Big Winter Classic rocking the season
Music festival brings local acts and local weather together into one weekend
By Amber McLinden, Staff Writer
Big Winter Classic is the light in the darkness. The festival, which ran from Jan. 19- 22, pulled acts like Said the Whale and Holy Fuck. The real appeal of the festival wasn’t the names of the musicians, but rather the geography of them. Local acts were the real star of the show, bringing a vibrance to the festival that only they can contribute.
Take, for example, Friday evening at Broken City. The weather was unseasonably warm for Calgary in January, but that doesn’t mean it wasn’t still chilly. Deluge, a Calgary based indie rock band, took to the patio, with singer and guitarist Dave Drebit exclaiming that he “can’t feel his fingers”. But that didn’t stop the band from rocking the house, playing a set composed mainly of their own songs but including a “Teenage Dirtbag” cover by Wheatus.
“He’s a fire breathing dragon! You got to get a picture of him!” is something that was heard from a (slightly inebriated) man in the crowd, speaking of Drebit. He was referring to the way the cold air and the heat from the singer were colliding, making it look like his head was on fire and he was breathing smoke every time he let out a word. The band emitted an energy that created hype within the crowd, with drummer Anthony Janicki making drumming look more athletic than you could ever expect. Bassist Kurt Kluba fed off that energy constantly, and even had someone else come up and sing a few bars with him (audience member? Another band member? Who can know).
There’s definitely something about Calgary that fosters excellent musicians, and it needs to keep happening. Lunar Wilde is an example of that kind of band. Another alt-indie rock act, the five person band took to the outdoor stage at Last Best on the Friday of the festival. If there is one thing that can be said about Lunar Wilde, it’s that they’re right in describing themselves as having “passionate musicianship”.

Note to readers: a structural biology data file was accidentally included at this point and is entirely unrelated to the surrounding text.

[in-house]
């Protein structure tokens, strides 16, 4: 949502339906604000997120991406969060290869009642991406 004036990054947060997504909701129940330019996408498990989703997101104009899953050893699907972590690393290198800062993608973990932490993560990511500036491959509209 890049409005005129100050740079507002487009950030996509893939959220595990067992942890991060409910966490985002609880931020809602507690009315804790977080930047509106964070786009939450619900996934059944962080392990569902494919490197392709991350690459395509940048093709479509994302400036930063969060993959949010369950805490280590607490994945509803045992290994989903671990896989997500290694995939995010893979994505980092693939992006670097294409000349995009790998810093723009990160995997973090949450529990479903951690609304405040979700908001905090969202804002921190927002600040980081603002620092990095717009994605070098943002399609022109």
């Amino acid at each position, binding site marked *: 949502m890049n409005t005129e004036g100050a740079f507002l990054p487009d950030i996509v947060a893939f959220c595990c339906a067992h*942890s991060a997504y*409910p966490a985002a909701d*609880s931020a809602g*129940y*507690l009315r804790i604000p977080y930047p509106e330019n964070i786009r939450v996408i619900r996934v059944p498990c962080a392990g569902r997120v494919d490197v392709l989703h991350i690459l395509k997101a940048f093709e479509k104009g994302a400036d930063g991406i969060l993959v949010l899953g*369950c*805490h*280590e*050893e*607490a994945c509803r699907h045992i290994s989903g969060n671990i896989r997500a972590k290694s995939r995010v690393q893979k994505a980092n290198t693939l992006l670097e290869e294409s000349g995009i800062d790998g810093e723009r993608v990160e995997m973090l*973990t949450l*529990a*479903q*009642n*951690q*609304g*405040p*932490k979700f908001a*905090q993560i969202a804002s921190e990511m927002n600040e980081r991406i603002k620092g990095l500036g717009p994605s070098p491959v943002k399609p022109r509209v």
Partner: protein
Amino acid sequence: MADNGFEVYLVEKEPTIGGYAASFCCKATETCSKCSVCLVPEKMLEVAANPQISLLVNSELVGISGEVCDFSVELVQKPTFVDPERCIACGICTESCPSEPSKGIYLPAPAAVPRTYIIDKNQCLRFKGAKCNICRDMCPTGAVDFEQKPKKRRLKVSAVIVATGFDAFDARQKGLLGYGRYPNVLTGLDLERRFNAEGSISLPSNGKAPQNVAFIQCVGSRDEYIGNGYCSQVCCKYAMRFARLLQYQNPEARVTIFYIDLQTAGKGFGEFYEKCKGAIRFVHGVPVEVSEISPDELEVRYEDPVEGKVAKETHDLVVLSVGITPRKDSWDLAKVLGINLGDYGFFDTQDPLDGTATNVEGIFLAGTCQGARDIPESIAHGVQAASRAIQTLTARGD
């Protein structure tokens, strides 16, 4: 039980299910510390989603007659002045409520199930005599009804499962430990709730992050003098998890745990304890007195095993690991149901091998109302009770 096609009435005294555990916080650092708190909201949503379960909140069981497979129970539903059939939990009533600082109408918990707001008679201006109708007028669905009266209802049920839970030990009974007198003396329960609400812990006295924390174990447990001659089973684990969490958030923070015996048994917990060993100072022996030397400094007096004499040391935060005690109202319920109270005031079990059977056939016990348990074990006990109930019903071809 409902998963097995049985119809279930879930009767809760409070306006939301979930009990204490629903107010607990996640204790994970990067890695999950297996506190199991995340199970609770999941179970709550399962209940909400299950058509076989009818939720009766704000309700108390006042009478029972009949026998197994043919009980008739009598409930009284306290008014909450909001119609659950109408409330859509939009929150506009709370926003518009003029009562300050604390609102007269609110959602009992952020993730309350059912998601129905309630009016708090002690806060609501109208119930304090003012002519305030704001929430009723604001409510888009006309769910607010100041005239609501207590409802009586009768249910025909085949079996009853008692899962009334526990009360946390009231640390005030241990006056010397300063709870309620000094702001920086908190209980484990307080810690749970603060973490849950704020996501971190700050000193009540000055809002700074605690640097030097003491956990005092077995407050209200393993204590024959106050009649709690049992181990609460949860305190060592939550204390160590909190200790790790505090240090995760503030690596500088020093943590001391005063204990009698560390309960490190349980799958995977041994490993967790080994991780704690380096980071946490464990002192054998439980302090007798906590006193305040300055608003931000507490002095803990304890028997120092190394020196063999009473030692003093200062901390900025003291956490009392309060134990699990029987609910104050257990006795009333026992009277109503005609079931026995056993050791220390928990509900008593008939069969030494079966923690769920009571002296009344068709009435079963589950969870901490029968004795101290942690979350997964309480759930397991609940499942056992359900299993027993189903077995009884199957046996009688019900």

The band had an energy that flowed into the audience and motivated a room of people to bounce along to their songs. In a crowded, smoky room (although less cold than the Broken City patio), the band assembled on stage and did what they do best, play music they love. Onlookers could tell they love what they do, and between the five of them, they seamlessly and vibrantly played their set. Singer and guitarist Devin Dunlop incited some hair flipping, Evan Jacobs’ facial expressions are a sight to see, and the band’s general demeanor makes for a stellar show. The band puts in work and can be called anything but “typical”.
Overall, the festival created an excellent escape from the winter season here in Calgary. The general feeling of the festival was friendly and welcoming. It’s a festival that was created carefully for the city and it’s occupants thirsting for a break in their busy, cold winter lives. Besides the two bands above, other amazing local acts that played the festival included Sons of Ray, Sitstill, The Torchettes, All Hands On Jane, and many more. There’s something about a festival that recognizes local talent that makes it special, and the shows that were played over the festival proved that.